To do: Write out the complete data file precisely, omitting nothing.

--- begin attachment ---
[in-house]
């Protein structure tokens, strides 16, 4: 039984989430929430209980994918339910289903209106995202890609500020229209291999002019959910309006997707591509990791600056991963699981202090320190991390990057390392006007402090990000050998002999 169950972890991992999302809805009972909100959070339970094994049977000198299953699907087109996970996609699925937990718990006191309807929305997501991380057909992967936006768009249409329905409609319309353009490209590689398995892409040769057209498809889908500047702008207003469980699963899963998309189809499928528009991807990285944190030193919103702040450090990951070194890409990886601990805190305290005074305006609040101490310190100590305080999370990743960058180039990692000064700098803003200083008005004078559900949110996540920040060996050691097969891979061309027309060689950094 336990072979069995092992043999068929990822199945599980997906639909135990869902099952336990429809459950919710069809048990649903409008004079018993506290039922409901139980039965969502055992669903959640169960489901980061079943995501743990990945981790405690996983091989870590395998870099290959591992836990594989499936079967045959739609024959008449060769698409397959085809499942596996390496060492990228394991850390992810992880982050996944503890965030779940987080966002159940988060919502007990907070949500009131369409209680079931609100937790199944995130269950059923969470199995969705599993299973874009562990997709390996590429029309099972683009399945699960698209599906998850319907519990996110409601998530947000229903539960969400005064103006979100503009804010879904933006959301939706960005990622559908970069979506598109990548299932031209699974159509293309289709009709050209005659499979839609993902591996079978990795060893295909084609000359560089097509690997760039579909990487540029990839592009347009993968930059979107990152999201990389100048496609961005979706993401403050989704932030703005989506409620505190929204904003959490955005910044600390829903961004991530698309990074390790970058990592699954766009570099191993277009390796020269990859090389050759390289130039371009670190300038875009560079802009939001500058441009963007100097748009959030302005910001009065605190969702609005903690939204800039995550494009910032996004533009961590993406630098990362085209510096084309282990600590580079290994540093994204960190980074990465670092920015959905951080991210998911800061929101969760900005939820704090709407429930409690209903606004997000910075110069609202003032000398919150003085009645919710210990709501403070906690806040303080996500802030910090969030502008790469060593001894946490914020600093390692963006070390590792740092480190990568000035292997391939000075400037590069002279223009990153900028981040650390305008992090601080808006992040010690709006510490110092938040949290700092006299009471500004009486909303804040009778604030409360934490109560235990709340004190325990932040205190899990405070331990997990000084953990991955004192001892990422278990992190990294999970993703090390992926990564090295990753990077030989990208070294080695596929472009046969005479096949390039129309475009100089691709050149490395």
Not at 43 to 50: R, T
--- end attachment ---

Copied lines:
[in-house]
């Protein structure tokens, strides 16, 4: 039984989430929430209980994918339910289903209106995202890609500020229209291999002019959910309006997707591509990791600056991963699981202090320190991390990057390392006007402090990000050998002999 169950972890991992999302809805009972909100959070339970094994049977000198299953699907087109996970996609699925937990718990006191309807929305997501991380057909992967936006768009249409329905409609319309353009490209590689398995892409040769057209498809889908500047702008207003469980699963899963998309189809499928528009991807990285944190030193919103702040450090990951070194890409990886601990805190305290005074305006609040101490310190100590305080999370990743960058180039990692000064700098803003200083008005004078559900949110996540920040060996050691097969891979061309027309060689950094 336990072979069995092992043999068929990822199945599980997906639909135990869902099952336990429809459950919710069809048990649903409008004079018993506290039922409901139980039965969502055992669903959640169960489901980061079943995501743990990945981790405690996983091989870590395998870099290959591992836990594989499936079967045959739609024959008449060769698409397959085809499942596996390496060492990228394991850390992810992880982050996944503890965030779940987080966002159940988060919502007990907070949500009131369409209680079931609100937790199944995130269950059923969470199995969705599993299973874009562990997709390996590429029309099972683009399945699960698209599906998850319907519990996110409601998530947000229903539960969400005064103006979100503009804010879904933006959301939706960005990622559908970069979506598109990548299932031209699974159509293309289709009709050209005659499979839609993902591996079978990795060893295909084609000359560089097509690997760039579909990487540029990839592009347009993968930059979107990152999201990389100048496609961005979706993401403050989704932030703005989506409620505190929204904003959490955005910044600390829903961004991530698309990074390790970058990592699954766009570099191993277009390796020269990859090389050759390289130039371009670190300038875009560079802009939001500058441009963007100097748009959030302005910001009065605190969702609005903690939204800039995550494009910032996004533009961590993406630098990362085209510096084309282990600590580079290994540093994204960190980074990465670092920015959905951080991210998911800061929101969760900005939820704090709407429930409690209903606004997000910075110069609202003032000398919150003085009645919710210990709501403070906690806040303080996500802030910090969030502008790469060593001894946490914020600093390692963006070390590792740092480190990568000035292997391939000075400037590069002279223009990153900028981040650390305008992090601080808006992040010690709006510490110092938040949290700092006299009471500004009486909303804040009778604030409360934490109560235990709340004190325990932040205190899990405070331990997990000084953990991955004192001892990422278990992190990294999970993703090390992926990564090295990753990077030989990208070294080695596929472009046969005479096949390039129309475009100089691709050149490395």
Not at 43 to 50: R, T